By R. Bruce Striegler

The reports continue to mount, outlining what scientists around the world define as the dire, life-threatening effects of climate change. But in Canada, the federal government is engaged in a political battle with several provinces who fear the costs of the national plan are detrimental to their economic interests and are reluctant to join the national effort to reduce GHG, opting, they say, for more local, provincial plans. Fortunately, there are significant organizations in Canada who believe that reducing GHG (and the federally-proposed carbon tax) is not only good science, but good economics as well. From its Squamish, B.C. facility, Carbon Engineering Ltd. is conducting some of the most advanced research in clean energy anywhere in the world. Over the past nine years, the company has moved forward with studies to remove CO2 from the atmosphere, in a closed loop, where the only major inputs are water and energy, and the results are a stream of pure compressed CO2.

“You can make fuel from air, and it sounds too good to be true,” says Geoffrey Holmes, responsible for business development at B.C.’s Carbon Engineering Ltd. He’s referring to the fact that the captured, compressed CO2 can be permanently sequestered underground, removing it completely from the atmosphere. Alternately, it can be used to produce materials such as plastics, industrial chemicals or utilized in the production of alternative fuels that are compatible with today’s engines, and can be blended with traditional fossil fuels to create progressive emission reductions.

In a recent interview with Holmes, he says, “For the past nine years, our vision has been to develop and then commercialize the technology that can absorb CO2 directly out of atmospheric air at an industrial scale, and then supply it in a purified and compressed form, where it can be stored underground or used for industrial and commercial purposes.” He points out that, “The whole idea here is that we have a lot of emissions of carbon dioxide going into the air, adding to the CO2 in our atmosphere and causing climate change. Some of those sources lend themselves to being captured or eliminated at source or substituted with other forms of energy. Other sources, particularly those that are diffuse and mobile, like cars, ships, airplanes can be a lot more challenging to deal with, so a technology like Direct Air Capture can add another tool to the toolkit and help us control the problem.”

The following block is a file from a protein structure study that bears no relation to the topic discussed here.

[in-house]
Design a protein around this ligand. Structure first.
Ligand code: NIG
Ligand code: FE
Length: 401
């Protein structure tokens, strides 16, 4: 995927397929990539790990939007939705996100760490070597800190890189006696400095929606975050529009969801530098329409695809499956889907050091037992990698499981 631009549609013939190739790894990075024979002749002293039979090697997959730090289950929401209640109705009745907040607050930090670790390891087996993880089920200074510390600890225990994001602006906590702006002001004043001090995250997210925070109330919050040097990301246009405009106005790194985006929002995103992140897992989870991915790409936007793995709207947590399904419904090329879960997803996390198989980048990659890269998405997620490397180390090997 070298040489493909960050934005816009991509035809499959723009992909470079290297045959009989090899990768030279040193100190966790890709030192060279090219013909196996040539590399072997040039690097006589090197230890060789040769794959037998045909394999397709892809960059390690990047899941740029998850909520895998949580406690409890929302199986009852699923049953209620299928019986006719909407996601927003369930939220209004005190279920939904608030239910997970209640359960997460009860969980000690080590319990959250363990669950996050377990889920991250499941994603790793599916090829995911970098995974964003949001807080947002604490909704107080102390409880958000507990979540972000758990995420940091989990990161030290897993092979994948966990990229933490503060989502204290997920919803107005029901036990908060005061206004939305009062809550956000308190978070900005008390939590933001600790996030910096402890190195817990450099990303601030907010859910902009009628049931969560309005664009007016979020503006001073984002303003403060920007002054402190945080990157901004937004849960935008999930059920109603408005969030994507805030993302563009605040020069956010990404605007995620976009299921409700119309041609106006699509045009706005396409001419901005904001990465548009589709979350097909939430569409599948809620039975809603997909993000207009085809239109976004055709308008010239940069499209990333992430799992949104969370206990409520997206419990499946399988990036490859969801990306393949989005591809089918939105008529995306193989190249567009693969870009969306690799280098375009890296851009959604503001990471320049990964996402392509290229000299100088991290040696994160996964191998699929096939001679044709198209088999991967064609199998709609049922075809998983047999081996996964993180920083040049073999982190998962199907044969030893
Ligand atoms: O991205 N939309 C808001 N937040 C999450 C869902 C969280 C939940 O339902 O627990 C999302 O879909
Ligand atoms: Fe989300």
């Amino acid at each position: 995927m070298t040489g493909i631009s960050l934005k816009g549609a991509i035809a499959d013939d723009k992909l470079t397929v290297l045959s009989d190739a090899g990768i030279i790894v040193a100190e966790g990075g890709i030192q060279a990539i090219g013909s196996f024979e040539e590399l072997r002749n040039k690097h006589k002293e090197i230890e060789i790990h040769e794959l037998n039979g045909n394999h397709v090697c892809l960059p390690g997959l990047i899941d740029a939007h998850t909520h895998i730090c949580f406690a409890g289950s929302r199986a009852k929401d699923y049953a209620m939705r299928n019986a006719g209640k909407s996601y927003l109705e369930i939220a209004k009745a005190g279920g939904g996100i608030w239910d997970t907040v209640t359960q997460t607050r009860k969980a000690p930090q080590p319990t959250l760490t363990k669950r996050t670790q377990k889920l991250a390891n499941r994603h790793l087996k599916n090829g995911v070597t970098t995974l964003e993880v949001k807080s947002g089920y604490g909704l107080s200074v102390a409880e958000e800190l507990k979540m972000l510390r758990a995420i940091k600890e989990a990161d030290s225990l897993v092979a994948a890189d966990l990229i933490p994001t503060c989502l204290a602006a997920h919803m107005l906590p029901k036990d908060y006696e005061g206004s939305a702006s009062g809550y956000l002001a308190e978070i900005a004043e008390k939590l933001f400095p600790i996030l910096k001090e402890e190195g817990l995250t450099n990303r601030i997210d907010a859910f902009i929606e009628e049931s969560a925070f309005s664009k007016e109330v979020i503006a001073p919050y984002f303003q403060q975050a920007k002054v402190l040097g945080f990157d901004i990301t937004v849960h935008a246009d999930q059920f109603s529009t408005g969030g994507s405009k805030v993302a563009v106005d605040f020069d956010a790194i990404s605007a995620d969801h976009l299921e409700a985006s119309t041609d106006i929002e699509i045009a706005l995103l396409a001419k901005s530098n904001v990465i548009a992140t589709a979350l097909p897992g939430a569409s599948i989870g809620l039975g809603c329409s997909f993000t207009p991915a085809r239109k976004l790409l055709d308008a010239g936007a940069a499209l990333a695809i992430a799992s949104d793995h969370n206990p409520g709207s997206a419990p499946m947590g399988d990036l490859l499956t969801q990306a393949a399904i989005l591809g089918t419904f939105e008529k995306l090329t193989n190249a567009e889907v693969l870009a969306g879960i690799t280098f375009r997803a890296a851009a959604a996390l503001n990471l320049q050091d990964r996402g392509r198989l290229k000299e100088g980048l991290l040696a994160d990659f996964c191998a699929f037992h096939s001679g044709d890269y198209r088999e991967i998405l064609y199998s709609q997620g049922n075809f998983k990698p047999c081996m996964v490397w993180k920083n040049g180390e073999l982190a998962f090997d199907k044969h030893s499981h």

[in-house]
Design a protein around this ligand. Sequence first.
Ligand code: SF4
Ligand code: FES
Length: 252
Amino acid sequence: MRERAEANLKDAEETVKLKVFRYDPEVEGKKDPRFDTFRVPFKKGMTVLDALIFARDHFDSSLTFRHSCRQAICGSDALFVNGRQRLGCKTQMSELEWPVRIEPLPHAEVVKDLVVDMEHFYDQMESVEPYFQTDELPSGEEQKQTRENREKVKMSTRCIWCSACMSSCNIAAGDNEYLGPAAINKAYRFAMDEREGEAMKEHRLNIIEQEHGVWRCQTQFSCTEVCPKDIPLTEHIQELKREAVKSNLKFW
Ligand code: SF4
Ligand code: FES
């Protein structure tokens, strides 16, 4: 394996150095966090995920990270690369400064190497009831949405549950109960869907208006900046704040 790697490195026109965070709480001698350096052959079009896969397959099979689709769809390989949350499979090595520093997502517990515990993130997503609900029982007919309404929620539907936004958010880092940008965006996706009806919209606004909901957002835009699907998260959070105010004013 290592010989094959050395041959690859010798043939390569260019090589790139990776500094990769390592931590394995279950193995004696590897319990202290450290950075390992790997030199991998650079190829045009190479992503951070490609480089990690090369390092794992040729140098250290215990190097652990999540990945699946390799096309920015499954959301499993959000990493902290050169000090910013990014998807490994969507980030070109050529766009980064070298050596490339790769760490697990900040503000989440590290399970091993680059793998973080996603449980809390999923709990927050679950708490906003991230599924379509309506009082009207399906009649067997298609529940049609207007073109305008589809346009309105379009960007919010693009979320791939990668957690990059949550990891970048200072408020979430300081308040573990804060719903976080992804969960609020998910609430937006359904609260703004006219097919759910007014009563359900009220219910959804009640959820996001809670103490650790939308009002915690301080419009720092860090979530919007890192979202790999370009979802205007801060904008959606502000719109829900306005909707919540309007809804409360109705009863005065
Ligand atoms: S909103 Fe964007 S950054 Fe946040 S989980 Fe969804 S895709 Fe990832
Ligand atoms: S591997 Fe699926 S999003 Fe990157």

Developing carbon removal techniques, along with funding for world-wide commercial use

Carbon Engineering is working to commercialize two clean energy technologies, one called Direct Air Capture (DAC), an industrial scalable technology which removes CO2 directly from the atmosphere and can contribute to reducing the effects of global climate change by enabling large-scale use and storage of atmospheric CO2. The second technology is Air To Fuels which reduces the carbon footprint by producing synthetic transportation fuels – gasoline, diesel or jet fuel – using only the atmospheric CO2 and hydrogen split from water.

Holmes notes that DAC plants can be scaled up to capture one million tonnes of CO2 per year, roughly the equivalent of the annual emissions of 250,000 average cars. This is an engineering breakthrough on two fronts: A potentially cost-effective way to take CO2 out of the atmosphere to fight climate change and a potentially cost-competitive way to make gasoline, diesel, or jet fuel that doesn’t add any additional CO2 to the atmosphere.

Carbon Engineering’s pilot plant has been running since 2015, capturing about one tonne of CO2 per day. The process works by sucking air into a modified cooling tower with fans, where it comes into contact with a liquid that reacts with the CO2. After several processing steps, a pure stream of CO2 is extracted.